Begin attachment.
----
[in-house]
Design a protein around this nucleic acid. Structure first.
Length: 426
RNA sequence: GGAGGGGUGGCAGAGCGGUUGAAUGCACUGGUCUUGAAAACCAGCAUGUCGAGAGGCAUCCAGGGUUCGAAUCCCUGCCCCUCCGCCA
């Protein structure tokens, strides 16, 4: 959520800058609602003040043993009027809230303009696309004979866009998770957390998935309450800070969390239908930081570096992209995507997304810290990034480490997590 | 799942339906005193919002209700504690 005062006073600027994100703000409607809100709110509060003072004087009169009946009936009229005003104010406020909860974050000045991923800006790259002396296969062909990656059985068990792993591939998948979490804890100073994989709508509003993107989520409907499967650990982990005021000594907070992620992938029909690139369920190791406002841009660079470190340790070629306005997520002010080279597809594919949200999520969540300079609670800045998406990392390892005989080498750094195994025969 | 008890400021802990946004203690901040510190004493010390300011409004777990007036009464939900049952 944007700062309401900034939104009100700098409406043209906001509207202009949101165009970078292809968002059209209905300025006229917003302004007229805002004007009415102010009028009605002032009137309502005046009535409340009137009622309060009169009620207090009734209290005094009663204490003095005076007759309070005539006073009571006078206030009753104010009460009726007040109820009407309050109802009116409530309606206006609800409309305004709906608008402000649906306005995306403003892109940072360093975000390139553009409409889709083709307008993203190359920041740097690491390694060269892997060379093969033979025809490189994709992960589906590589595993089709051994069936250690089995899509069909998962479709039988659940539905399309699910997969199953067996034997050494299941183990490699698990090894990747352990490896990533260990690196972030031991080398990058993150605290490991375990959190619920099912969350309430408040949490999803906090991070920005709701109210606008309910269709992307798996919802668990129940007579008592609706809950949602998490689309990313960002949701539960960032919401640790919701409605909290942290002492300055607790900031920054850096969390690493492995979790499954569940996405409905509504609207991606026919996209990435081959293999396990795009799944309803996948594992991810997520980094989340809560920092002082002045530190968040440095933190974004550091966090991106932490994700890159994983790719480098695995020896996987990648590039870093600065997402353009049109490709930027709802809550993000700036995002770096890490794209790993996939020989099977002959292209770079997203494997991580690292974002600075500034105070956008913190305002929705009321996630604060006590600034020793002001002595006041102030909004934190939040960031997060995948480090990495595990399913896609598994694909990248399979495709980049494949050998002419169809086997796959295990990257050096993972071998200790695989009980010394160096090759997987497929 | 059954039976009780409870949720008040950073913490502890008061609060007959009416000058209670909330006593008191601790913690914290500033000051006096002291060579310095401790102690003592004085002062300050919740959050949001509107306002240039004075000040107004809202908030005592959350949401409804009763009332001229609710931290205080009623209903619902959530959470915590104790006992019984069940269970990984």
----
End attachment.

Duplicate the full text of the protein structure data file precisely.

[in-house]
Design a protein around this nucleic acid. Structure first.
Length: 426
RNA sequence: GGAGGGGUGGCAGAGCGGUUGAAUGCACUGGUCUUGAAAACCAGCAUGUCGAGAGGCAUCCAGGGUUCGAAUCCCUGCCCCUCCGCCA
């Protein structure tokens, strides 16, 4: 959520800058609602003040043993009027809230303009696309004979866009998770957390998935309450800070969390239908930081570096992209995507997304810290990034480490997590 | 799942339906005193919002209700504690 005062006073600027994100703000409607809100709110509060003072004087009169009946009936009229005003104010406020909860974050000045991923800006790259002396296969062909990656059985068990792993591939998948979490804890100073994989709508509003993107989520409907499967650990982990005021000594907070992620992938029909690139369920190791406002841009660079470190340790070629306005997520002010080279597809594919949200999520969540300079609670800045998406990392390892005989080498750094195994025969 | 008890400021802990946004203690901040510190004493010390300011409004777990007036009464939900049952 944007700062309401900034939104009100700098409406043209906001509207202009949101165009970078292809968002059209209905300025006229917003302004007229805002004007009415102010009028009605002032009137309502005046009535409340009137009622309060009169009620207090009734209290005094009663204490003095005076007759309070005539006073009571006078206030009753104010009460009726007040109820009407309050109802009116409530309606206006609800409309305004709906608008402000649906306005995306403003892109940072360093975000390139553009409409889709083709307008993203190359920041740097690491390694060269892997060379093969033979025809490189994709992960589906590589595993089709051994069936250690089995899509069909998962479709039988659940539905399309699910997969199953067996034997050494299941183990490699698990090894990747352990490896990533260990690196972030031991080398990058993150605290490991375990959190619920099912969350309430408040949490999803906090991070920005709701109210606008309910269709992307798996919802668990129940007579008592609706809950949602998490689309990313960002949701539960960032919401640790919701409605909290942290002492300055607790900031920054850096969390690493492995979790499954569940996405409905509504609207991606026919996209990435081959293999396990795009799944309803996948594992991810997520980094989340809560920092002082002045530190968040440095933190974004550091966090991106932490994700890159994983790719480098695995020896996987990648590039870093600065997402353009049109490709930027709802809550993000700036995002770096890490794209790993996939020989099977002959292209770079997203494997991580690292974002600075500034105070956008913190305002929705009321996630604060006590600034020793002001002595006041102030909004934190939040960031997060995948480090990495595990399913896609598994694909990248399979495709980049494949050998002419169809086997796959295990990257050096993972071998200790695989009980010394160096090759997987497929 | 059954039976009780409870949720008040950073913490502890008061609060007959009416000058209670909330006593008191601790913690914290500033000051006096002291060579310095401790102690003592004085002062300050919740959050949001509107306002240039004075000040107004809202908030005592959350949401409804009763009332001229609710931290205080009623209903619902959530959470915590104790006992019984069940269970990984």